In the United States, where physical meetings could scarcely be imagined, being a lady penfriend allows one to feel in some way involved in the faraway conflict: " At the office today, I mentioned the letters that my daughter received from her soldier penfriend, and I showed a few of them. One lady from the office expressed a desire to also have the opportunity to write to a Belgian soldier. Could you please do whatever is necessary?", writes the father of a young penfriend to the Belgian Ambassador to the United States in 1918. The keen interest in this arrangement has a snowball effect and allows the population to support the war effort sometimes without truly realising it, though this goodwill sometimes runs into practical problems, such as a language barrier. It is therefore necessary to find lady penfriends with a basic knowledge of French, or soldiers who know enough English. Despite these difficulties, the cross-Atlantic initiatives were full of good intentions and helped to overcome European discouragement.
… but there were setbacks as well!
Some soldiers collected lady penfriends. It almost became a kind of game, having more than your mates in the trenches. This also made it possible to receive more treats and tobacco, and more possibilities for escaping from this masculine world that had so little place for feelings. Some soldiers clearly understood the benefit, however innocent, that they could derive from the "lady penfriend" system, but this is sometimes attracted jealousy, notably from comrades who didn't have one. It should be noted that the abuses were not all to be found on the side of the soldiers. In France, there were also cases of abuses by the lady penfriends who sought to swindle the soldiers, or who were looking to be provided for by them.
Civilians also took advantage of the opportunity to commit swindles. In January 1917, "Le Courrier des armées" related a scandal brought to light by a Swiss general: a supposed poilu (French soldier) was abusing the generosity of some 30 lady penfriends and a dozen support committees without having once been anywhere near the front.
Time also takes its toll: the war continues, life in the rear is nothing like life at the front, opportunities for leave are rare, and in terms of the French initiatives, people get tired of investing the time, while the strident complaints about the morality of certain lady penfriends does nothing to boost the motivation of the ladies. Sometimes the disenchantment will be due to the soldier's image of his kind fairy. These abuses, in addition to the flagging motivation of potential lady penfriends along with fatigue in view of the length of the war, slowly weighed on this initiative.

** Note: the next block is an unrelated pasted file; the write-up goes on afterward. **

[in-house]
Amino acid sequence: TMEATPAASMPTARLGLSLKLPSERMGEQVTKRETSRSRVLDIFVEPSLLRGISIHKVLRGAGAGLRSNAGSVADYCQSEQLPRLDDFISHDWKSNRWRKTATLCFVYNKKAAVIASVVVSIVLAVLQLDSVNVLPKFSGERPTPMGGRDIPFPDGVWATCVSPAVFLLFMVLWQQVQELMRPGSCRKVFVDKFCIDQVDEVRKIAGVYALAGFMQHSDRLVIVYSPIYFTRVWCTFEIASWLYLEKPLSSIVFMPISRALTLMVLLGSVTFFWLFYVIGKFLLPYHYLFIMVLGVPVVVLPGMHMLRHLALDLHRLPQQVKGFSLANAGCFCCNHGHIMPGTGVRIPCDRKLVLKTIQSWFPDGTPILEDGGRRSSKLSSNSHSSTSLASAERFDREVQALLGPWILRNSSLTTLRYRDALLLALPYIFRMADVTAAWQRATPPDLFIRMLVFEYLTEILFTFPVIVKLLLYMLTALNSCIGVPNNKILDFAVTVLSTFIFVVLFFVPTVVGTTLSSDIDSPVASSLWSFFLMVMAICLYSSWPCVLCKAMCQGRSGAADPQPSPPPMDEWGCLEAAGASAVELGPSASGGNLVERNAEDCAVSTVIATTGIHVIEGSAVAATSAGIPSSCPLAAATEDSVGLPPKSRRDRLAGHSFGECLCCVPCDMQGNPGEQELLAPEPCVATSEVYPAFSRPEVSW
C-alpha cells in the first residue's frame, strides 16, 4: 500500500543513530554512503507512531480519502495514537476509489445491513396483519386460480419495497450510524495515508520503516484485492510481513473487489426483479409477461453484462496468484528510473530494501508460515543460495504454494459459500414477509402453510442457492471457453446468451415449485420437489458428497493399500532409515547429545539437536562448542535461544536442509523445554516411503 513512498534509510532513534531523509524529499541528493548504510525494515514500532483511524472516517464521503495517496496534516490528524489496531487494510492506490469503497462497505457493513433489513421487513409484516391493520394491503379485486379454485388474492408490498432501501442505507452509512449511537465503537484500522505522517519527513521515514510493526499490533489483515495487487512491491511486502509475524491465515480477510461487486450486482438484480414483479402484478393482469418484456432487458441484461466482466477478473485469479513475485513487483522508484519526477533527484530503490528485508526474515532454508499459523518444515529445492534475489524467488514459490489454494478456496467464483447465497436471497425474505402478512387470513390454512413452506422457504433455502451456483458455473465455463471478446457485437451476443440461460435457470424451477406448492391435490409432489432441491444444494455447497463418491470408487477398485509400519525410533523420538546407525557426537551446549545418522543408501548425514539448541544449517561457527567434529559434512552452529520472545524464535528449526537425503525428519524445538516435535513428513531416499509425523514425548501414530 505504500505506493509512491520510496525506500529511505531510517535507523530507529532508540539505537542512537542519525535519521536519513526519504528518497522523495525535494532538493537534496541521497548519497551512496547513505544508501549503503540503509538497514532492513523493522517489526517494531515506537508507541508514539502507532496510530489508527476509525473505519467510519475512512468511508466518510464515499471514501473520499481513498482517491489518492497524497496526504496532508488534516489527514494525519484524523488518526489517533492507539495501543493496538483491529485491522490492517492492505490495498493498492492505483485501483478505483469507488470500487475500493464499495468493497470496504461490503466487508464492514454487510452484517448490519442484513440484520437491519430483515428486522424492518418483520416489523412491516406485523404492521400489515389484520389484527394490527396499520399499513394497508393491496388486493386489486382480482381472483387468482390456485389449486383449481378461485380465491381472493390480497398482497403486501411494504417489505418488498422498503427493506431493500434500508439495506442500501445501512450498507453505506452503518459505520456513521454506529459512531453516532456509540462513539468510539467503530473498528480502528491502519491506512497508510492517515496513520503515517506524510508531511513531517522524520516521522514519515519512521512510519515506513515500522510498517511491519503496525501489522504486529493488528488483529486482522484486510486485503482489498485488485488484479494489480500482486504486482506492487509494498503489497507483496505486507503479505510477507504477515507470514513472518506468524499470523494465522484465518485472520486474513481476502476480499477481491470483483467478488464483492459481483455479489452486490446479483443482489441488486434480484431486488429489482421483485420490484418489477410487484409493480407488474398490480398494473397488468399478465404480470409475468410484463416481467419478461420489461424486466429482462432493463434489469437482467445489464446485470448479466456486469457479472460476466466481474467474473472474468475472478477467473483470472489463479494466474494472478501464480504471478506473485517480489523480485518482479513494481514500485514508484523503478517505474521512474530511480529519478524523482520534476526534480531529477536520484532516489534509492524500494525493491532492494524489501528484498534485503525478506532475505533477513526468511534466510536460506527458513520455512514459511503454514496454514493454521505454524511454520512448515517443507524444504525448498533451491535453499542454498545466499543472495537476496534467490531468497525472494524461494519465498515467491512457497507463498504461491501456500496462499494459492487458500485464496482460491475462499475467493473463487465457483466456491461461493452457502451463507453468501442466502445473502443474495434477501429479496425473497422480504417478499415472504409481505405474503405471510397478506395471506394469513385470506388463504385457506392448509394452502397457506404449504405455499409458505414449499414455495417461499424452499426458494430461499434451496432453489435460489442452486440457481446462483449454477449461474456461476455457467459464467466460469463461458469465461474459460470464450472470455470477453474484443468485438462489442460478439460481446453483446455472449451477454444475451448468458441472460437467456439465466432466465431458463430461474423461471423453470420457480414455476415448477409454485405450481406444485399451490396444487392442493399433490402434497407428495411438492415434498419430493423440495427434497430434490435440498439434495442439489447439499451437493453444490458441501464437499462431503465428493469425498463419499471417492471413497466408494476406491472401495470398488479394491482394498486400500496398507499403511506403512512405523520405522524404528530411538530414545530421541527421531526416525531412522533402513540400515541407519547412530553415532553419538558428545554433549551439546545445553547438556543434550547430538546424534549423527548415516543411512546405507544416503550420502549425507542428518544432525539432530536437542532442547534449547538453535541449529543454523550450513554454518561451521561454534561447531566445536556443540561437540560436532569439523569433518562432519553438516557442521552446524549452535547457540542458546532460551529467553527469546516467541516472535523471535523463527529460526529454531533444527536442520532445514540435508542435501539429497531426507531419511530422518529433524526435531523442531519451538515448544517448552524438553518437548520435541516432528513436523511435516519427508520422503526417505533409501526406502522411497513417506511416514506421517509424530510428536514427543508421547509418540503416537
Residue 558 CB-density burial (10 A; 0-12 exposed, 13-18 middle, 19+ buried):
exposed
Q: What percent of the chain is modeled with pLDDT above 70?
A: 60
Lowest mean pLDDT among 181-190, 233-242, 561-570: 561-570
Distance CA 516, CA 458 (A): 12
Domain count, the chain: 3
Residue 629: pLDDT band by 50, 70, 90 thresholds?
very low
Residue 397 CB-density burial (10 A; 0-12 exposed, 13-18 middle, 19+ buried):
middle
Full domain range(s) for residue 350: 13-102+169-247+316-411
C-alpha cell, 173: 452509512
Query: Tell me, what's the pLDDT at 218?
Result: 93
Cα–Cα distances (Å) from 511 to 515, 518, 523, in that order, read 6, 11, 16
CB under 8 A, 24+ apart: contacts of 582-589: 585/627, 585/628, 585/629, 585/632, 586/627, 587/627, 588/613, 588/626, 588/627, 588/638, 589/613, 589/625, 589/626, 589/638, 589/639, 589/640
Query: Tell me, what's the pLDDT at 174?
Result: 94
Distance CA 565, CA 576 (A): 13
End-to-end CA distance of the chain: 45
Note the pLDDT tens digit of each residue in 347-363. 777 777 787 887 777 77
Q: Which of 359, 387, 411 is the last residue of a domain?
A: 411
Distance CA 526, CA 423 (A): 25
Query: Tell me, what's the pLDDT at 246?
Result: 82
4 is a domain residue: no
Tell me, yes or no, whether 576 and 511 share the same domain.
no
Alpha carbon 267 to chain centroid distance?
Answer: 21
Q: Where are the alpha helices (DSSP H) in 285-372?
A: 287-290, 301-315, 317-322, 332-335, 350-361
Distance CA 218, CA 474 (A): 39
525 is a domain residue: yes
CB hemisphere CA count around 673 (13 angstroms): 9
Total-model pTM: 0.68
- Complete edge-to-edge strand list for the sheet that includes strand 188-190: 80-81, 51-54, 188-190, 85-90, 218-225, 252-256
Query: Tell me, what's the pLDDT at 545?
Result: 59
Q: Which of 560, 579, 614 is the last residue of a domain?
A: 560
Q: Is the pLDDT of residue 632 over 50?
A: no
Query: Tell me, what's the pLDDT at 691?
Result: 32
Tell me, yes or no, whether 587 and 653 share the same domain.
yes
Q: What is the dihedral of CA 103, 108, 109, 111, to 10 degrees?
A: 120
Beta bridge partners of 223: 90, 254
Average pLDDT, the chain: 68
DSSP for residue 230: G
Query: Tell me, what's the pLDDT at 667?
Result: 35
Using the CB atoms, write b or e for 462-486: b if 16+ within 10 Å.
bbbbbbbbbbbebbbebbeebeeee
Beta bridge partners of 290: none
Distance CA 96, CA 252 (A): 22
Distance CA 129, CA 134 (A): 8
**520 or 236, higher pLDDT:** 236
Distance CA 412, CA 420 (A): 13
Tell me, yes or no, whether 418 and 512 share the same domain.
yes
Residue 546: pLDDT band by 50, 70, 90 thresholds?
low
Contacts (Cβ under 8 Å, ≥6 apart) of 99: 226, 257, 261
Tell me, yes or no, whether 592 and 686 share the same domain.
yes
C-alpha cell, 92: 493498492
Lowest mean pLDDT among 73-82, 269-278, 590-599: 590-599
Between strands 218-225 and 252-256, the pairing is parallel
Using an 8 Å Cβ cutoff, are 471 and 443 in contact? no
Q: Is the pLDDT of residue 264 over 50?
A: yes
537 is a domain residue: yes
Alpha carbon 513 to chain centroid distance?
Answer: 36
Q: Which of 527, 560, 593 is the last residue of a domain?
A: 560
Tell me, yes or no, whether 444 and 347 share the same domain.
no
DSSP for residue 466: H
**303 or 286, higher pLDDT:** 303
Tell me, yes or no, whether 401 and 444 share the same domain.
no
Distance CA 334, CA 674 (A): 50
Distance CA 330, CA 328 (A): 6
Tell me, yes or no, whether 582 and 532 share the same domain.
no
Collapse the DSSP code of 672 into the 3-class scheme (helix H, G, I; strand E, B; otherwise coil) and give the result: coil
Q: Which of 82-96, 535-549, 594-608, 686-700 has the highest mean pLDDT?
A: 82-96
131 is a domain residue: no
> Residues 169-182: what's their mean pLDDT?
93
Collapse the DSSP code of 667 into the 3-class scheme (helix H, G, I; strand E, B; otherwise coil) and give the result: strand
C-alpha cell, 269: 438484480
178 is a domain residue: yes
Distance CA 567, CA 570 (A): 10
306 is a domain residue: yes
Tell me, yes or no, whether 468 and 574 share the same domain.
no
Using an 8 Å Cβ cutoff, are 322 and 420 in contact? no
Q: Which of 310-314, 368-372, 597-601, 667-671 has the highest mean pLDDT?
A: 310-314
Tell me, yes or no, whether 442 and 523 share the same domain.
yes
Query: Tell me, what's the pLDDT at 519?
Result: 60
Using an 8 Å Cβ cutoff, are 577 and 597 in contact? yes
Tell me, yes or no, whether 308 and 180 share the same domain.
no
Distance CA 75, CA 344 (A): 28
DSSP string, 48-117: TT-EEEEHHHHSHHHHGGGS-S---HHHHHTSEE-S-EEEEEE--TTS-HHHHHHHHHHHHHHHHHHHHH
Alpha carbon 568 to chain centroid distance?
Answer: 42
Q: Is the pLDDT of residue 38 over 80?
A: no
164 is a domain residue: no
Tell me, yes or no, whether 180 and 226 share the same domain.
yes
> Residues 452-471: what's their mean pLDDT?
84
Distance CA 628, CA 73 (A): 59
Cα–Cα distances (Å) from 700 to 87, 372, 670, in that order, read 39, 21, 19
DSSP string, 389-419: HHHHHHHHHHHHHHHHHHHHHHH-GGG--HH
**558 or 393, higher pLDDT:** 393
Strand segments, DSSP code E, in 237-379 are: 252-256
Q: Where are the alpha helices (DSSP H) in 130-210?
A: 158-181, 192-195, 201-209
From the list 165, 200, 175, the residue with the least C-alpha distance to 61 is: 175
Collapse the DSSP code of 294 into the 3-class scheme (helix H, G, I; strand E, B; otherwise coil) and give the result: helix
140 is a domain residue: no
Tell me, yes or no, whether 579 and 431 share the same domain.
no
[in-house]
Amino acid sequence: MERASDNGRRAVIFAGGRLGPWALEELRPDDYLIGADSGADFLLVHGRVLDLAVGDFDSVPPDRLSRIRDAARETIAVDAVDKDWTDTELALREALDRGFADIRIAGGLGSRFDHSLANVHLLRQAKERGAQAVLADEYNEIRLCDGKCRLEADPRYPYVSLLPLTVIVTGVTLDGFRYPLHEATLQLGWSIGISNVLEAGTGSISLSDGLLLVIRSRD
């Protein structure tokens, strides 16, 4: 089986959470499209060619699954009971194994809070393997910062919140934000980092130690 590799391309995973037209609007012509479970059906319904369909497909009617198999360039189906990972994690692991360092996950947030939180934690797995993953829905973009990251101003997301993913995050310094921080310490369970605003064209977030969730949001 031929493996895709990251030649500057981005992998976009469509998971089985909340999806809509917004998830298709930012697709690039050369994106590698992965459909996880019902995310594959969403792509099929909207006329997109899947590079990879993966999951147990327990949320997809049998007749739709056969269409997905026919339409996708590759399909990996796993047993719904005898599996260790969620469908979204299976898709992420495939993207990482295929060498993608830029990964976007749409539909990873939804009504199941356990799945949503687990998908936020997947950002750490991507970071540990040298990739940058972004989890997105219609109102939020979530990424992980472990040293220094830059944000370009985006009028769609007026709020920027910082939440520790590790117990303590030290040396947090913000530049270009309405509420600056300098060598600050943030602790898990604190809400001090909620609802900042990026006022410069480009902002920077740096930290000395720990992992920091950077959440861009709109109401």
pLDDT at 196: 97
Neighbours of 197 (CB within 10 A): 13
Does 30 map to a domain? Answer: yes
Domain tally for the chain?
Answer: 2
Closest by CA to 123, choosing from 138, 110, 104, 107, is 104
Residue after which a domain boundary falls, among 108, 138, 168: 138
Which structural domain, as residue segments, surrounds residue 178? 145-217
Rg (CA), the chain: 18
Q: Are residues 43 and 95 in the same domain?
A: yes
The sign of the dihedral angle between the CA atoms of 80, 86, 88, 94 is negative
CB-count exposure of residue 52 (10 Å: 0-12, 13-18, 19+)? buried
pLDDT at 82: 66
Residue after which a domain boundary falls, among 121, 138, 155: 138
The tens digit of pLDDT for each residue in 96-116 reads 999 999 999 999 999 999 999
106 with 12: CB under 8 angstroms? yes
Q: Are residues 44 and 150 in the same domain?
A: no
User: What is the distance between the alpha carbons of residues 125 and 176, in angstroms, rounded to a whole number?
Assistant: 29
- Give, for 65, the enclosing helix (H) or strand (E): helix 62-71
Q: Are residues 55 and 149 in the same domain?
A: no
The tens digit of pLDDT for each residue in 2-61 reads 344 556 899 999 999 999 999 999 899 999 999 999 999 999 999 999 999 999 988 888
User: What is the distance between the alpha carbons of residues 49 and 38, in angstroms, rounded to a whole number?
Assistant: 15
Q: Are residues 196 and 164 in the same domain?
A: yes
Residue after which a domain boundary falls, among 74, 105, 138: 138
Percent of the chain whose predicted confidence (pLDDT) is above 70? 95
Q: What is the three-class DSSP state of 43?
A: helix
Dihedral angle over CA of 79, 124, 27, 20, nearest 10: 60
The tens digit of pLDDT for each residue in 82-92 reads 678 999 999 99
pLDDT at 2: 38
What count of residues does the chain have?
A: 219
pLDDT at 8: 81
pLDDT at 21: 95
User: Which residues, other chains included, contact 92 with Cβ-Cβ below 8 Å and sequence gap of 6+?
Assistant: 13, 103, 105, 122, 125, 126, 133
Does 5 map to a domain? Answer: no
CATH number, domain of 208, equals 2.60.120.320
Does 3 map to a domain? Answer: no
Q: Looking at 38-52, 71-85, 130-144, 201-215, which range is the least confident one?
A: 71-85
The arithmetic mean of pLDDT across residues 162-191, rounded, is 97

Unforgettable penfriends on both sides
The experience of the wartime penfriends is a unique example of solidarity across ages, social classes and sexes. Strong links of love or friendship were established between the soldiers and these "nurses of the heart". The links were fragile and controlled, of course, but nonetheless crucial to the soldiers who were filled with manly encouragement as the shells fell around them. It is for this reason that the letters were so dear to the soldiers but also to the ladies, who were aware of their role in the moral support of the soldiers.
Some lady penfriends, such as “Lientje” Popta, lost their friend to combat. There were also a few fine stories of soldiers marrying their lady penfriends, such as a certain Englebert Decrop who married Christina London in 1919, but there were also disappointments. Sometimes, the social and cultural differences between the parties were too big. While not all soldiers remained in contact with their lady penfriends, and if the return to civil life closed this bold social parenthesis, no one, neither the soldiers nor their lady penfriends, would forget these sometimes halting but always moving contacts between men and women in the context of a worldwide war.
While not all soldiers remained in contact with their lady penfriends, and if the return to civil life closed this bold social parenthesis, no one, neither the soldiers nor their lady penfriends, would forget these sometimes halting but always moving contacts between men and women in the context of a worldwide war.